‘1913: Seeds of Conflict’ seeks to explain source of Israeli-Palestinian tensions

‘1913: Seeds of Conflict’ seeks to explain source of Israeli-Palestinian tensions June 30, 2015



This comprehensive and compact docudrama premiering tonight on PBS (10pm), “1913: Seeds of Conflict” reveals little known facts that conflated to become what writer/director Ben Loeterman proposes as the root causes for today’s ongoing conflict between Israel and Palestinians. Almost a half million Muslims, 60,000 Christians and 20,000 Sephardic (i.e. Mediterranean) Jews lived together peacefully enough in the years before World War I when Palestine was part of the Ottoman Empire and ruled by Ottoman law. Then with the assassination of the Russian Czar Alexander II in 1881, things began to change ever so slowly and few people were paying attention.

Because Russia blamed economic problems on Jews, pogroms increased and Jews, almost all Ashkenazi or Eastern European, began leaving Russia. Many went to Palestine. With a second wave of Jewish emigrants in1903, Jews began buying property, often from absent Arab landowners. Problems soon arose when Jews tried to take possession of land they had paid for and for which they held legal title; Arabs protested that they had always lived on the land and didn’t grasp the legalities of the situation. Other struggles surfaced when Jews who were socialists and Marxist arrived and began buying more land, farming and creating collectives resulting in what historians call a Zionist land grab designed by Arthur Ruppin, a German Jew who had a vision for a Jewish homeland. Kahlil Sakakini, a rising Arab leader, protested to the Ottoman parliament in Turkey. But as long as Jews paid their taxes, the government was not concerned. And then came World War I.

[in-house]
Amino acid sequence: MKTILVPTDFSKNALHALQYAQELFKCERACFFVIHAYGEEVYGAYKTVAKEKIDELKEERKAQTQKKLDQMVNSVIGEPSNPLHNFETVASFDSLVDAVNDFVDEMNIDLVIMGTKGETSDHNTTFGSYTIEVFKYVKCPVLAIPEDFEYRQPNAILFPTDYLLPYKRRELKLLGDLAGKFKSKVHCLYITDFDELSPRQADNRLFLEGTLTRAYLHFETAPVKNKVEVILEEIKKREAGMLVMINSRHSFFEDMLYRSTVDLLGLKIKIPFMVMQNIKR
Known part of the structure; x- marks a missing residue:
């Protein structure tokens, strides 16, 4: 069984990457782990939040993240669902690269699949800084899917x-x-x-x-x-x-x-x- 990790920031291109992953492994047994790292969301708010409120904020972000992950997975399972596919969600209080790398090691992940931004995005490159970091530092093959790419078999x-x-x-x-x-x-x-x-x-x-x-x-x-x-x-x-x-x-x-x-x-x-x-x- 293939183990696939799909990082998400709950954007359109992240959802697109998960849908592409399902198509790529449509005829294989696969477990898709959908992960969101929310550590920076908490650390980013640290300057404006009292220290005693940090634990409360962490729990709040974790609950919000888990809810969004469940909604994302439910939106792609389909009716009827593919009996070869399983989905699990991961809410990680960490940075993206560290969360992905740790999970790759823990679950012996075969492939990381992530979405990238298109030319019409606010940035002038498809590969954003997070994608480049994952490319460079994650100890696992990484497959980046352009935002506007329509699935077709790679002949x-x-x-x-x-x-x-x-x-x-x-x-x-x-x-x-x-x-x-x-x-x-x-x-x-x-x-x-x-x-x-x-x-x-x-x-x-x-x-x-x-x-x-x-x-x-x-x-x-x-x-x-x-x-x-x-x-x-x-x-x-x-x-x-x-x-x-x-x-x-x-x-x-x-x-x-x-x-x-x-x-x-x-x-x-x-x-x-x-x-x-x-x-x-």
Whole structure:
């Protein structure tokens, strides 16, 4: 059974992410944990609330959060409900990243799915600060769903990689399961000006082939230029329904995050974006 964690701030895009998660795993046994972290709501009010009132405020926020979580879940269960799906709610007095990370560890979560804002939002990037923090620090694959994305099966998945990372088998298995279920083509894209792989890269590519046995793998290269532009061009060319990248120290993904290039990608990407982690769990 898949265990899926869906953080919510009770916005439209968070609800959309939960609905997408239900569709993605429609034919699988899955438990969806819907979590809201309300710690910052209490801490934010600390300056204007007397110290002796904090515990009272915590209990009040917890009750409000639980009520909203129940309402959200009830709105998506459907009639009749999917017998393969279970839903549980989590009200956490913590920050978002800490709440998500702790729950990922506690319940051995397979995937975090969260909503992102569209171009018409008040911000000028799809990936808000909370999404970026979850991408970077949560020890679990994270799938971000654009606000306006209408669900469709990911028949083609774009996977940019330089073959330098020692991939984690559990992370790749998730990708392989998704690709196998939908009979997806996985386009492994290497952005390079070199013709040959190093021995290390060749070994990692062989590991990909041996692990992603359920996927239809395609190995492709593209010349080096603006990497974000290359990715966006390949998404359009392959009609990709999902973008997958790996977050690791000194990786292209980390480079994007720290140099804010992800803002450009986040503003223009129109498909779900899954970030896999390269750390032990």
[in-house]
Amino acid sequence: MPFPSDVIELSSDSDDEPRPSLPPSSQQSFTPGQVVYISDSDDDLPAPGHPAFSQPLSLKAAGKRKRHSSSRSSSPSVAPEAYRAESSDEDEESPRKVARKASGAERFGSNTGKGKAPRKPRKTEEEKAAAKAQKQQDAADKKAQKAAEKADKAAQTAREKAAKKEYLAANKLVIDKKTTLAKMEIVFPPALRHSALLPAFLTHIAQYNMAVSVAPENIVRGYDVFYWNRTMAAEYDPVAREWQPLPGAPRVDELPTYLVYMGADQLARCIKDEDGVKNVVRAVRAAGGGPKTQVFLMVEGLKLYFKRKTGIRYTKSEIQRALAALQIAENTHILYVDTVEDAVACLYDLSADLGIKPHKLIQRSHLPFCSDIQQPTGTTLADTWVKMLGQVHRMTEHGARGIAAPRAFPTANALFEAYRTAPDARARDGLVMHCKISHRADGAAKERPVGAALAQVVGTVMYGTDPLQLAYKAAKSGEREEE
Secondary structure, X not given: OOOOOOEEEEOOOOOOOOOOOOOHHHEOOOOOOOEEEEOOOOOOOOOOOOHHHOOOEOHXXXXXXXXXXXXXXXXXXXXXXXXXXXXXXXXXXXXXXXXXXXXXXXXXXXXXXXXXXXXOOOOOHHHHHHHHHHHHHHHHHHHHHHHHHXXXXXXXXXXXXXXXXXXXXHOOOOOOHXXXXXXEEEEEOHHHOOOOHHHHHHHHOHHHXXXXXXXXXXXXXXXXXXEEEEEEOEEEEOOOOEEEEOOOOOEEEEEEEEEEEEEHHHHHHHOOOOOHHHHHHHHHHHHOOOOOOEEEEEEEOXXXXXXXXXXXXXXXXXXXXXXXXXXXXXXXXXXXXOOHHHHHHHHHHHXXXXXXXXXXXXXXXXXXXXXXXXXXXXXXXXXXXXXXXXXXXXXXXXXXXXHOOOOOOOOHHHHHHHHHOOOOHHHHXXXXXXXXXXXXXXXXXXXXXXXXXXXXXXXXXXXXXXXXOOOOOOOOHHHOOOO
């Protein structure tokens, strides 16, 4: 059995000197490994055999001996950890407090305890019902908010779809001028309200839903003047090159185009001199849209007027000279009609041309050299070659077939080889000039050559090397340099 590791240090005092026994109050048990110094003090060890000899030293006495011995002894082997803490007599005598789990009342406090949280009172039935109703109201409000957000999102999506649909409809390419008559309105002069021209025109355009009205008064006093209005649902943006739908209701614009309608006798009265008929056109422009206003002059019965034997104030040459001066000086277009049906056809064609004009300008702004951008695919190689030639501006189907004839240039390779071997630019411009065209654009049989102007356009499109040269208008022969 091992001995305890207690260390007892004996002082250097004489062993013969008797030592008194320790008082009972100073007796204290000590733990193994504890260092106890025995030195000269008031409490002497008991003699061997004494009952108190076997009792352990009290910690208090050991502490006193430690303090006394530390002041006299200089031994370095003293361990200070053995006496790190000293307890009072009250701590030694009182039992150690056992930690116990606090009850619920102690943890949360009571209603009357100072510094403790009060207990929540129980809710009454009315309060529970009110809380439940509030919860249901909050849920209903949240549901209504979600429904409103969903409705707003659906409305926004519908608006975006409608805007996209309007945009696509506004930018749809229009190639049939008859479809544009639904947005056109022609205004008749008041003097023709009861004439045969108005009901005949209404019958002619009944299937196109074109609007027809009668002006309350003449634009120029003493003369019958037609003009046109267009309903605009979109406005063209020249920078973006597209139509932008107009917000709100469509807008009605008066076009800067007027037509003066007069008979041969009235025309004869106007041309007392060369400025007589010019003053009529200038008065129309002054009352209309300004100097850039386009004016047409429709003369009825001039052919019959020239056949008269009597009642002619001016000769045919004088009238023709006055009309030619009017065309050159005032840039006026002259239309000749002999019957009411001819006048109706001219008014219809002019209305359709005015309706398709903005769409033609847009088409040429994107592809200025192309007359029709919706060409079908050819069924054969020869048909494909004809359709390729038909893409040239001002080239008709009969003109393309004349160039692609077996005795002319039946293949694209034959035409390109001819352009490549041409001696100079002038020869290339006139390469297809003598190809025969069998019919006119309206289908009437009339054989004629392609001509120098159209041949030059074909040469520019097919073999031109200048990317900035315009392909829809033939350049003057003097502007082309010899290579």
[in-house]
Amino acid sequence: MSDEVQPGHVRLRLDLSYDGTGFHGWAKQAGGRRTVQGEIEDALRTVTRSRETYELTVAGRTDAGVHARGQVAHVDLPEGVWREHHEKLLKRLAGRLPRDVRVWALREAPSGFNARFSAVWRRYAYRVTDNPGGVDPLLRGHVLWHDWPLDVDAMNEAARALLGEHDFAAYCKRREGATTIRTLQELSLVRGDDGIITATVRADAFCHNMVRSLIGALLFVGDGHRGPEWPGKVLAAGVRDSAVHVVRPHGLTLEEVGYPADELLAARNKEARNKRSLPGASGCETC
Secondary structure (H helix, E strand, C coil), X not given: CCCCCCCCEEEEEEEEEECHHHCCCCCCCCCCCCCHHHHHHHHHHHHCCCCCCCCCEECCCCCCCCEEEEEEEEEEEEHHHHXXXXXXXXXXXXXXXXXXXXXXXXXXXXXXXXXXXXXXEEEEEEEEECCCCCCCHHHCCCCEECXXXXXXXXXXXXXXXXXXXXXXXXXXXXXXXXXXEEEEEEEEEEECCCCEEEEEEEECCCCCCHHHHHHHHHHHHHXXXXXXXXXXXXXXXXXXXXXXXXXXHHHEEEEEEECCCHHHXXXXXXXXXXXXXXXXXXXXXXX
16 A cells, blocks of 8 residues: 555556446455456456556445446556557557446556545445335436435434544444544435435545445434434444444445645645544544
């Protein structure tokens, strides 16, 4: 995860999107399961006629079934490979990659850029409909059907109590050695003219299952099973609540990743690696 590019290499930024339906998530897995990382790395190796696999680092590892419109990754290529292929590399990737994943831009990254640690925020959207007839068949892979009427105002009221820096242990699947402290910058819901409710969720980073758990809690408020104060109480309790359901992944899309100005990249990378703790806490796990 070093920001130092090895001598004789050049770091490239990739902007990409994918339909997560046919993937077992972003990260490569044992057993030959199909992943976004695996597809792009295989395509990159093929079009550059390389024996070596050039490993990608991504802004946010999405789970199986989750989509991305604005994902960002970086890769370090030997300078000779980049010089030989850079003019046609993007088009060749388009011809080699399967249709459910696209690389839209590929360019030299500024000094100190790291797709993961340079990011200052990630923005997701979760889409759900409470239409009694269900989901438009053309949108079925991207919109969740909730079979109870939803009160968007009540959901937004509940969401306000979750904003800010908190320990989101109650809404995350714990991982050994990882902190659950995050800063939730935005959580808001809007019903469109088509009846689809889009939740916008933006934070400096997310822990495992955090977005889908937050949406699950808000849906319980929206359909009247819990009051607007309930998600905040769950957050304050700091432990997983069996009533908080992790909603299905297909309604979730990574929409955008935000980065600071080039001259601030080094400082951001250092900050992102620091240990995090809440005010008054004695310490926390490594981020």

Some of the historical themes the film discusses “the millet system” for Greek Orthodox, Armenian and Jewish that allowed the diverse cultures in Palestine to be absorbed into the Ottoman administrative system and rising nationalism and constructing national identities that transformed the world before 1914 when World War I broke out.

These are just a few details that writer/director Ben Loeterman reveals in a fascinating documentary that tries very hard not to assign blame but to look behind at the history and culture of all sides of the conflict that continues to drive unrest in the what Jews, Christians and Muslims all call “the Holy Land.” Numerous historians contribute to the film. One of the most interesting techniques that Loeterman uses to frame his story are clips that come from a 1913 film, “The Life of the Jews in Palestine” depicting Jewish life in Palestine. All of the words the actors speak come from original historical documents.

“1913: Seeds of Conflict” is a typical docudrama in almost every way and it has a point of view: it obviously seeks to provide common ground for understanding about the Israeli-Palestinian conflict. How well it does this will be up to an informed and invested audience, and hopefully, this is all of us.




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